The air transportation system of the United States is acknowledged to be under increasing stress. Without urgent action, it will continue to degrade, with increasingly costly aircraft flight delays and increasing concerns over flight safety. NextGen is a wide-ranging transformation of the entire National Airspace System (NAS) of the United States, not just pieces of it, to meet future demands and avoid gridlock. It moves away from legacy ground based technologies to new and more dynamic satellite-based technology. The new capabilities and the highly interdependent technologies aim to change the way that the system operates, reduce congestion, and improve passengers' experiences.  


NextGen consists of five elements: 

1. Automatic dependent surveillance-broadcast (ADS-B). ADS-B will use the Global Positioning System (GPS) satellite signals to provide air traffic controllers and pilots with much more accurate information that will help to keep aircraft safely separated in the sky and on runways. Aircraft transponders receive GPS signals and use them to determine the aircraft precise position in the sky. This and other data is then broadcast to other aircraft and air traffic control. Once fully established, both pilots and air traffic controllers will, for the first time, see the same real-time display of air traffic, substantially improving safety. The FAA will mandate the avionics necessary for implementing ADS-B.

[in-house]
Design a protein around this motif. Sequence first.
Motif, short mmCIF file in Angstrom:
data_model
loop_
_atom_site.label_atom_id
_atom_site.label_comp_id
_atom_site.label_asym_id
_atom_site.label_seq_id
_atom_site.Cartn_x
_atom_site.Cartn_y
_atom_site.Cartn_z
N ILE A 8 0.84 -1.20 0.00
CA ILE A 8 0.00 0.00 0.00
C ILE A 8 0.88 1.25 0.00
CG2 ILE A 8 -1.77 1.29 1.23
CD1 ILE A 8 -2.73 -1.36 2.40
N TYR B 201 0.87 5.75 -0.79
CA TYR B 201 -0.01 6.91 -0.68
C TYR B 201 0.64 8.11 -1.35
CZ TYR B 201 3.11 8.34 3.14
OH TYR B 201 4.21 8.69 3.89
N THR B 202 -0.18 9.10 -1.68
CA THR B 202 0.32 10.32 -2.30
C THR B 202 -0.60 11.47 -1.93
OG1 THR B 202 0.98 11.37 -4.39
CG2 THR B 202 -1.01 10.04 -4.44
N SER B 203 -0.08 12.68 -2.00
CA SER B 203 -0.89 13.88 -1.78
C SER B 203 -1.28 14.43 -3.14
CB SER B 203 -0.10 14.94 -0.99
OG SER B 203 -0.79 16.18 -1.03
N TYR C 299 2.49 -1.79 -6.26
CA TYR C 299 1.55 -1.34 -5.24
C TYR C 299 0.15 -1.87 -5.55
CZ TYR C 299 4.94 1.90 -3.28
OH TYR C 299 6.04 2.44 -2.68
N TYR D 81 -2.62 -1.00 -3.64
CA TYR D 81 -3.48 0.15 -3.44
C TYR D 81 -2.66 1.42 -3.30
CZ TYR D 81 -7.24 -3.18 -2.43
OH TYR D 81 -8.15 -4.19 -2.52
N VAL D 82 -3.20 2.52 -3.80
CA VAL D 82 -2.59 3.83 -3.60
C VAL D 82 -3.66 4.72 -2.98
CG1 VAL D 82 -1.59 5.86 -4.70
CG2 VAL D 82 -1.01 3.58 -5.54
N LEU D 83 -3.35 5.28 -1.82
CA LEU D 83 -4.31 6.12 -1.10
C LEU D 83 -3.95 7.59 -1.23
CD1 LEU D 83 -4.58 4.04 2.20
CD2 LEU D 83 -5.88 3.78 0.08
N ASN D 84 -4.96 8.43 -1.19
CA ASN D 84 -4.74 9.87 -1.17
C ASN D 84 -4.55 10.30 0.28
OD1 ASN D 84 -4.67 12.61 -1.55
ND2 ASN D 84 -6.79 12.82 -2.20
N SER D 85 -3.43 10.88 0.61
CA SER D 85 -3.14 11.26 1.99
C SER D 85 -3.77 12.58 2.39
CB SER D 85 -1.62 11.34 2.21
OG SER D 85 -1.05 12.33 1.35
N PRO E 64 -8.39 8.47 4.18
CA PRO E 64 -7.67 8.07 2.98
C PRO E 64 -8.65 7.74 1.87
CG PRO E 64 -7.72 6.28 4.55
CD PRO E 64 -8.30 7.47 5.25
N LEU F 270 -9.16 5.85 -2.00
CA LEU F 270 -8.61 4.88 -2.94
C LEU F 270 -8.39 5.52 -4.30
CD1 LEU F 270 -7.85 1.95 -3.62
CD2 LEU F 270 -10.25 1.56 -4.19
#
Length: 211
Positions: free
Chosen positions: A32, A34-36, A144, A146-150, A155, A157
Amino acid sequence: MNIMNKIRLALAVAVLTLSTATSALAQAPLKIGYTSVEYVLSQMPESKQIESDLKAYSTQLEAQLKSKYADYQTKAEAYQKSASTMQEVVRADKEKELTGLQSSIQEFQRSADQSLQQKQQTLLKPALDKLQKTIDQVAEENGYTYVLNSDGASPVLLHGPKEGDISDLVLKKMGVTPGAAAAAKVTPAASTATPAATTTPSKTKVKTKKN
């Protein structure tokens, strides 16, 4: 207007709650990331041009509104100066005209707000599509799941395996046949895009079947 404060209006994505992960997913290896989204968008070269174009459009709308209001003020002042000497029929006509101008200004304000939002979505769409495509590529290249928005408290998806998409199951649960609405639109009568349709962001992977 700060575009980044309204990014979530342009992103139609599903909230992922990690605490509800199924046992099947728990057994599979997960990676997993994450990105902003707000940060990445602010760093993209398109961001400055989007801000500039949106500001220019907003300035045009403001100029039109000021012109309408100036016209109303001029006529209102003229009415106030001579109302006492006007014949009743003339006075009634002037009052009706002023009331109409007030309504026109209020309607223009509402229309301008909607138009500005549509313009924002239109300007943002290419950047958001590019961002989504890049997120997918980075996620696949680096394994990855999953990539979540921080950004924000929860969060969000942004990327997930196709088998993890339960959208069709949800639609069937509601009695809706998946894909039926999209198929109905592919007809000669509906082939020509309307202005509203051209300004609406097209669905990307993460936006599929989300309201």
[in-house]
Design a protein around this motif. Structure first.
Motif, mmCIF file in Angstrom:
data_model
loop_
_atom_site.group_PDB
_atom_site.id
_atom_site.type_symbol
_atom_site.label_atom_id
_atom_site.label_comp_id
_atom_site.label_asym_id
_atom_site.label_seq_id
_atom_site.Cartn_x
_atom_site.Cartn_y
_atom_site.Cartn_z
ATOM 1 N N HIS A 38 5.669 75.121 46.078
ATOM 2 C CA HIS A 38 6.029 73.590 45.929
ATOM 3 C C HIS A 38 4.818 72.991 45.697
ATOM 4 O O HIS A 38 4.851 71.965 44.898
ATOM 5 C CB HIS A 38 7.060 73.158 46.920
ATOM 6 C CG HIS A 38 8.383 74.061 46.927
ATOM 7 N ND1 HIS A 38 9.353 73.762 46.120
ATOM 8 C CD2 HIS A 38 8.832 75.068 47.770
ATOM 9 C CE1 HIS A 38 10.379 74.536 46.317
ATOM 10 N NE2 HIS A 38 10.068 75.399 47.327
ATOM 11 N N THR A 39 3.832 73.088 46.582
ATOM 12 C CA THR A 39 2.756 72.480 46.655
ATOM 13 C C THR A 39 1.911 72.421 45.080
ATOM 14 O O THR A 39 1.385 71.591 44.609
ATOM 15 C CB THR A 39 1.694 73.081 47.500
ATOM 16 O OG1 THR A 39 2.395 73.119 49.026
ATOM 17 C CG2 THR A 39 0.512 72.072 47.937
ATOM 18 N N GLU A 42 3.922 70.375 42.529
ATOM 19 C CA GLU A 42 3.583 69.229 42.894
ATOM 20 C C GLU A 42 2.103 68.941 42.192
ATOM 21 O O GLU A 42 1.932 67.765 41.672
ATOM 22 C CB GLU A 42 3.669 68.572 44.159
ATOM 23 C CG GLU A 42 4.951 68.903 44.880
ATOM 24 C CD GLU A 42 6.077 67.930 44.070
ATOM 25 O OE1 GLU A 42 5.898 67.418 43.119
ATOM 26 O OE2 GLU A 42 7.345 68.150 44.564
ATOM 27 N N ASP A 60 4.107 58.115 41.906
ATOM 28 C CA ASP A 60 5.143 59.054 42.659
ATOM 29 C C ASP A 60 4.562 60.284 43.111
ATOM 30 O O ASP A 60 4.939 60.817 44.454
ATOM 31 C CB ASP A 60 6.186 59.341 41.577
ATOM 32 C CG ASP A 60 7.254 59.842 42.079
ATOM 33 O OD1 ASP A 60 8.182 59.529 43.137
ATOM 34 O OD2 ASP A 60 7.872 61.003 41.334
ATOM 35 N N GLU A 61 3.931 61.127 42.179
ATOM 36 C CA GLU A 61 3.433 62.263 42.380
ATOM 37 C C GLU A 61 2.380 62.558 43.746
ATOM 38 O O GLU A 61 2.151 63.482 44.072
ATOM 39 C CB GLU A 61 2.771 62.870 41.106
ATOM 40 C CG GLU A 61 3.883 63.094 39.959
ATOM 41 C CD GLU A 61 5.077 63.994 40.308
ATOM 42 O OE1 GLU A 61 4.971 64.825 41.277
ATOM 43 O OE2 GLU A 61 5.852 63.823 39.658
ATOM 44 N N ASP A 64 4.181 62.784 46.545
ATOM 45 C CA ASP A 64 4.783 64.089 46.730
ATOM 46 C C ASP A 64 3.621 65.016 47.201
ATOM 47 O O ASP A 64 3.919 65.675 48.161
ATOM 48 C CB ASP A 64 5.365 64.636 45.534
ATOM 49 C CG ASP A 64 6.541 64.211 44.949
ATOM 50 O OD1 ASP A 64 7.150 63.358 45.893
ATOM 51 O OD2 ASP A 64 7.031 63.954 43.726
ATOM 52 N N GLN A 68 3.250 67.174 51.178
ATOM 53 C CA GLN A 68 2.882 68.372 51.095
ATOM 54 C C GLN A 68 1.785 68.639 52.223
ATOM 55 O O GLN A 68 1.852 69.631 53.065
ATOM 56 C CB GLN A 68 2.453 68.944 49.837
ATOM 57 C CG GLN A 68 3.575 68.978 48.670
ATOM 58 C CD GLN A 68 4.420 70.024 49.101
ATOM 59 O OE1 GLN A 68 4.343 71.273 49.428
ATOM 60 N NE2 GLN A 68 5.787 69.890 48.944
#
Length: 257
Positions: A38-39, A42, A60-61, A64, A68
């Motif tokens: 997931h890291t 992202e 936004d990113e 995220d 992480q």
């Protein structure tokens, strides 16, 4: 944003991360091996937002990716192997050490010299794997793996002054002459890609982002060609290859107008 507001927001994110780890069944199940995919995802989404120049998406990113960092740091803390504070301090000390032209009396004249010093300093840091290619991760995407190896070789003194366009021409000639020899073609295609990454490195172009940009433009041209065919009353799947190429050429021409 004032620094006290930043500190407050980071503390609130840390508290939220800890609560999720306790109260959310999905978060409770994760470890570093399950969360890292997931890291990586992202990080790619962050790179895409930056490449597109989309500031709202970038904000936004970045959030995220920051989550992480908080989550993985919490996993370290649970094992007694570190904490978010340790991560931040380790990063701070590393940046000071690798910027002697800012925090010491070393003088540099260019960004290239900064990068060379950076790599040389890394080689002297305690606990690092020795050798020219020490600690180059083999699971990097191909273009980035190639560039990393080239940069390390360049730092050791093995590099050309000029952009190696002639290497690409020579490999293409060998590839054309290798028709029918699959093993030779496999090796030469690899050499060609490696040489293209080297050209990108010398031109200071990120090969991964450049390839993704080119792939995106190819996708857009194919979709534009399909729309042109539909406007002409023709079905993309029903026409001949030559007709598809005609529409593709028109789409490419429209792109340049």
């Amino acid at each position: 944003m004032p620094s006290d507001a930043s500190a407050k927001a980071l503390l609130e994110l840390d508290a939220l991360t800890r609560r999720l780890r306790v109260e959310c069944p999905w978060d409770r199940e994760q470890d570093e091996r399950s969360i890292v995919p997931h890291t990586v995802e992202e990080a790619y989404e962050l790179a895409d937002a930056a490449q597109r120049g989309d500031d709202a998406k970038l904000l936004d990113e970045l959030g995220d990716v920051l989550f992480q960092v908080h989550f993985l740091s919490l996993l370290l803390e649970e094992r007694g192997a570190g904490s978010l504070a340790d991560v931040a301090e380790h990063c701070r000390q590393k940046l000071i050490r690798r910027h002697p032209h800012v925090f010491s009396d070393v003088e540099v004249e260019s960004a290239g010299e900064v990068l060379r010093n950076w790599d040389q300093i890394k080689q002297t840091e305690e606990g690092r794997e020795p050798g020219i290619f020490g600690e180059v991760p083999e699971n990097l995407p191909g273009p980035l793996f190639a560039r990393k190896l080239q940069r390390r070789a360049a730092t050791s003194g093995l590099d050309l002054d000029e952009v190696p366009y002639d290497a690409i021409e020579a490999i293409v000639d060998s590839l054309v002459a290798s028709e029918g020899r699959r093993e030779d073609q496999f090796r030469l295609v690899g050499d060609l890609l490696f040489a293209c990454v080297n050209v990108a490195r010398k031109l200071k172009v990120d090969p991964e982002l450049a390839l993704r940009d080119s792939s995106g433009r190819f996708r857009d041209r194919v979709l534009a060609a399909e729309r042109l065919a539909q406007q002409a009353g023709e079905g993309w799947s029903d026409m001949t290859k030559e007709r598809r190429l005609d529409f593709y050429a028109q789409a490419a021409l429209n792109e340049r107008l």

2. System Wide Information Management (SWIM). SWIM will provide a single infrastructure and information management system to deliver high quality, timely data to many users and applications. By reducing the number and types of interfaces and systems, SWIM will reduce data redundancy and better facilitate multi-user information sharing. SWIM will also enable new modes of decision making as information is more easily accessed. 

3. Next Generation Data Communications. Current communications between aircrew and air traffic control, and between air traffic controllers, are largely realised through voice communications. Initially, the introduction of data communications will provide an additional means of two-way communication for air traffic control clearances, instructions, advisories, flight crew requests and reports. With the majority of aircraft data link equipped, the exchange of routine controller-pilot messages and clearances via data link will enable controllers to handle more traffic. This will improve air traffic controller productivity, enhancing capacity and safety.